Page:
Refurbished fountain offers dry view

Refurbished fountain offers dry view
This week the construction fence around the Civic Center fountain came down. It was replaced by a protective blue iron enclosure that reveals the extensive tile work. Photo by Promise Yee

OCEANSIDE — Tile, plaster and electrical work to the Civic Center fountain, costing about $385,000, is complete. The only thing missing is water.

The city fountain will remain waterless until drought measures are lifted. In the meantime visitors can enjoy an unobstructed view of the dry, renovated fountain.

“When drought restrictions are lifted we’ll add water, and it will be ready to use,” David Toschak, city senior civil engineer, said.

California Waters Development Inc. began work on the 27-year-old fountain in December 2014. At that time, drought mandates were not in effect.

Toschak said work was already underway when the city got word of pending state water restrictions.

“There were holes in ground,” Toschak said. “It was more economical to finish the work, and not do the work twice.”

While work was being finished up in March, the city briefly considered filling the fountain with reclaimed potable water. This would set the city up to replenish the fountain with reclaimed water on a monthly basis.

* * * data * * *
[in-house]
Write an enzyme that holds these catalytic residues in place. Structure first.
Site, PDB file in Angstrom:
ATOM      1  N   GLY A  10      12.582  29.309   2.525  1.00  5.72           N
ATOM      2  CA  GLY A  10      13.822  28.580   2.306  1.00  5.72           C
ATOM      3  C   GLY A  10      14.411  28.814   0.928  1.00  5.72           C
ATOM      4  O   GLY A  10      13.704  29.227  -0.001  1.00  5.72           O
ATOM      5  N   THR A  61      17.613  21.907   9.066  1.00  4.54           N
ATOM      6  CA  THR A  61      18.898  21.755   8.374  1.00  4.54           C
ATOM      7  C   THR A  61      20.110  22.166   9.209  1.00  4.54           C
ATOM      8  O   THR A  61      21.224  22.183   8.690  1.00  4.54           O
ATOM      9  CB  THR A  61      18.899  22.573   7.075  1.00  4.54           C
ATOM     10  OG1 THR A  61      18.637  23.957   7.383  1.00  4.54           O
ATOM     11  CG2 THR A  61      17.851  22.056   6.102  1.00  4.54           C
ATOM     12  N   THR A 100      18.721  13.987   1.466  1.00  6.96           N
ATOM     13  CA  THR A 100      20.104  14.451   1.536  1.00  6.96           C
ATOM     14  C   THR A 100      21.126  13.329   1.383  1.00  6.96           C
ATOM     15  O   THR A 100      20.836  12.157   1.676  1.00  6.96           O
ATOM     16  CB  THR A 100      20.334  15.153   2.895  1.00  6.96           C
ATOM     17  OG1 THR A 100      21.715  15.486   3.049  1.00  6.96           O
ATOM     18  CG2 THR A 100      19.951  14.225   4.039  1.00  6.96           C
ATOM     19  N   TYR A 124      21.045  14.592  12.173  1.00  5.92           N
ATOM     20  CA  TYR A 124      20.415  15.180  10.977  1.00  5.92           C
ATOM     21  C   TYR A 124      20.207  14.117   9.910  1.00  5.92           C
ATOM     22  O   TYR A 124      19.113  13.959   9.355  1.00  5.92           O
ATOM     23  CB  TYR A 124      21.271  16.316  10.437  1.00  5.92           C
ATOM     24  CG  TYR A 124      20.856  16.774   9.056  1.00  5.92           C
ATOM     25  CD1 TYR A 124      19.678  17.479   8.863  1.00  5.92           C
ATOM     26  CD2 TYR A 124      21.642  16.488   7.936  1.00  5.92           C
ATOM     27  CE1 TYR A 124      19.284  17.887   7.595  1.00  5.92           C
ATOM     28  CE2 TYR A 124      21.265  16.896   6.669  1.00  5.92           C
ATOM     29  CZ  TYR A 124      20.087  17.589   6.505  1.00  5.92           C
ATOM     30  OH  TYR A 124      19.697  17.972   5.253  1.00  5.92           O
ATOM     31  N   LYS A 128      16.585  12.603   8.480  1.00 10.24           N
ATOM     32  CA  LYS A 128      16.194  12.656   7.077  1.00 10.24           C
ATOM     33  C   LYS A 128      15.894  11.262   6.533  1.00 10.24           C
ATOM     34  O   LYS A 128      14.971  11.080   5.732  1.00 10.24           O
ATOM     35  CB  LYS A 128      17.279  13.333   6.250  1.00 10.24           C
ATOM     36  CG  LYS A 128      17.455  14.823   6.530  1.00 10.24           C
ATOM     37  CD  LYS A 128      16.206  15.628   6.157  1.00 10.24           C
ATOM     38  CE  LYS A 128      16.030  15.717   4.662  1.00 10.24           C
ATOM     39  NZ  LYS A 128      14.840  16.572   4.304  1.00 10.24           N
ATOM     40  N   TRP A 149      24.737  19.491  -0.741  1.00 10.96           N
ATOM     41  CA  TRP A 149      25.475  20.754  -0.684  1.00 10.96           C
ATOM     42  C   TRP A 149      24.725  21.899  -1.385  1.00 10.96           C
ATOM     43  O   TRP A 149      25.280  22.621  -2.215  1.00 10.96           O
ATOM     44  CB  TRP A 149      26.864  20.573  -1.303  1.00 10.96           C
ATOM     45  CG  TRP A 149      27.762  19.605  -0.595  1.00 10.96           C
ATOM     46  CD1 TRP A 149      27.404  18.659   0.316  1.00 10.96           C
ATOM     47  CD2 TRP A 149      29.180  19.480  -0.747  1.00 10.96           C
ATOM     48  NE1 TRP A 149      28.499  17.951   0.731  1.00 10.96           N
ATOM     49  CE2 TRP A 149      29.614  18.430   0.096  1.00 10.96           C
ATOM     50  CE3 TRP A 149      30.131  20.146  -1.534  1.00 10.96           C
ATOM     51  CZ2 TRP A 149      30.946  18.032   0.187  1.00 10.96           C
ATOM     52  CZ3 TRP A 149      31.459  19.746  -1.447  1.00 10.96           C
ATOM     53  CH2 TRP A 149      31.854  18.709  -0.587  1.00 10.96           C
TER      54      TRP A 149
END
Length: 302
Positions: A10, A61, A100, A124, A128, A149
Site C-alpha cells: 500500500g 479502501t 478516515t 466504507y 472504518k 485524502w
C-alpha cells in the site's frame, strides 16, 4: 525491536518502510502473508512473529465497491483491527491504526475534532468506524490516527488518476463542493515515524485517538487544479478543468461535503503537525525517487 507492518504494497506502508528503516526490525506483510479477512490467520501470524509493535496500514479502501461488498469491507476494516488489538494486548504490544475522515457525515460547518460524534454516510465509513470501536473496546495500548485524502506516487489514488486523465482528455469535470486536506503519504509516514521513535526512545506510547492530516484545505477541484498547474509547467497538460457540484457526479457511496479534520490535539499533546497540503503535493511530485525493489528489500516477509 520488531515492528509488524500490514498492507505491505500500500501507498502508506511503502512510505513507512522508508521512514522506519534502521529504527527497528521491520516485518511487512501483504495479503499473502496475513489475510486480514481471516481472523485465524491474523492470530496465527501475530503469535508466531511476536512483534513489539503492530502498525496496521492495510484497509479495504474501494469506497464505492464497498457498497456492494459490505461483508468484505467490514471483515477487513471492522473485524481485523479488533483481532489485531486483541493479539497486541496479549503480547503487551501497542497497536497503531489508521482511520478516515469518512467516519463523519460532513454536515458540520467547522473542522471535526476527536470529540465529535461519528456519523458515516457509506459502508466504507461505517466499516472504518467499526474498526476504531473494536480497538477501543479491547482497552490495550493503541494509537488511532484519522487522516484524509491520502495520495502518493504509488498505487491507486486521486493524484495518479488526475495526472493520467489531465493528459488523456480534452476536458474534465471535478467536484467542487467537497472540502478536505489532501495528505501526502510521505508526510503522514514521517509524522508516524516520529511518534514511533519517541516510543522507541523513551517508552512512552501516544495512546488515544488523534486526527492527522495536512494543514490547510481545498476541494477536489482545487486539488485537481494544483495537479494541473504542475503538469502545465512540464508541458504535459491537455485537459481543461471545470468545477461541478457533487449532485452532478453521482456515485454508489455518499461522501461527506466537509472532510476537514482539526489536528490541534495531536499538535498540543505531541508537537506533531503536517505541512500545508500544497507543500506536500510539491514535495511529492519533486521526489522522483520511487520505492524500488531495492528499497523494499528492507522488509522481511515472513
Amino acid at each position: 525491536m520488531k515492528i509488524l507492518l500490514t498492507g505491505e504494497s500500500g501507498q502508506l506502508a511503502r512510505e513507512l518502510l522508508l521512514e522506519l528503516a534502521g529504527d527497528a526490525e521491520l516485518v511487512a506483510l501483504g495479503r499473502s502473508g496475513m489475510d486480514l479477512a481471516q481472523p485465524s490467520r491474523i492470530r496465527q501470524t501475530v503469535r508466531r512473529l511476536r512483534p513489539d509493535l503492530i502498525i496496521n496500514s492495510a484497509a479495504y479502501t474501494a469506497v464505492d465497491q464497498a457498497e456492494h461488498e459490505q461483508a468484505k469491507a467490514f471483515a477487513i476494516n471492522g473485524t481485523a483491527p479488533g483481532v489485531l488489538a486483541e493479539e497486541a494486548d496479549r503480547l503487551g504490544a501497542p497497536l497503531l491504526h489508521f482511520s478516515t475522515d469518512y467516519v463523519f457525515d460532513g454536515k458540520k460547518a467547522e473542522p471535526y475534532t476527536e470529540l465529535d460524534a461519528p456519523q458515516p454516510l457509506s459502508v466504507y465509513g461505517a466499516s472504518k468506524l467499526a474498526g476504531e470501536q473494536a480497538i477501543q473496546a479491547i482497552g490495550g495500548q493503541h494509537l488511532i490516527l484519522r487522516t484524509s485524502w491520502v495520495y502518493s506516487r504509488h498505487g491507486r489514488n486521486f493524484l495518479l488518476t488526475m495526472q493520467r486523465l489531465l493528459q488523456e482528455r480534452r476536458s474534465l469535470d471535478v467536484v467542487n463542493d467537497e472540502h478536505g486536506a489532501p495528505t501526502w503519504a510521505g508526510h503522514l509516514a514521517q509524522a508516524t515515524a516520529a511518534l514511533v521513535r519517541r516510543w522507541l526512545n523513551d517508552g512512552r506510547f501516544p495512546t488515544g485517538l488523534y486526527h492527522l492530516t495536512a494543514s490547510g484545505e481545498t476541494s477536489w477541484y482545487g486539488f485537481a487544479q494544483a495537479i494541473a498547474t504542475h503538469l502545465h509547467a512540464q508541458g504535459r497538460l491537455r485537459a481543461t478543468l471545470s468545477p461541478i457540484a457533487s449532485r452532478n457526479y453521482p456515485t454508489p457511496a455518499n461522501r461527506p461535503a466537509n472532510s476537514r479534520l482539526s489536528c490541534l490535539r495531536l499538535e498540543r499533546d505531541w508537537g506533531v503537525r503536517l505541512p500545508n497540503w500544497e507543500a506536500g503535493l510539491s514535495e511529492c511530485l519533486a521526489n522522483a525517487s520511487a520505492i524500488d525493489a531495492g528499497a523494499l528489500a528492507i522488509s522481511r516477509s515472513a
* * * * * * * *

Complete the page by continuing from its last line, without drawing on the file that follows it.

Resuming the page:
By April a decision was made to keep the fountain dry in order to follow state mandates, and set a city example for water customers.

Toschak said cosmetic and functional repairs are well done, and have returned the fountain to an appealing focal point.

“It’s back, and functioning,” Toschak said. “The work and craftsmanship is very good. It’s successful except for the water.”

For now fountain ducts and drains are sealed, and maintenance is minimized to sweeping and debris cleanup until the water is turned on.

Oceanside cut back its water use by 27 percent since enacting conservation efforts in 1990. The city is now working to reduce citywide water use by an additional 20 percent.

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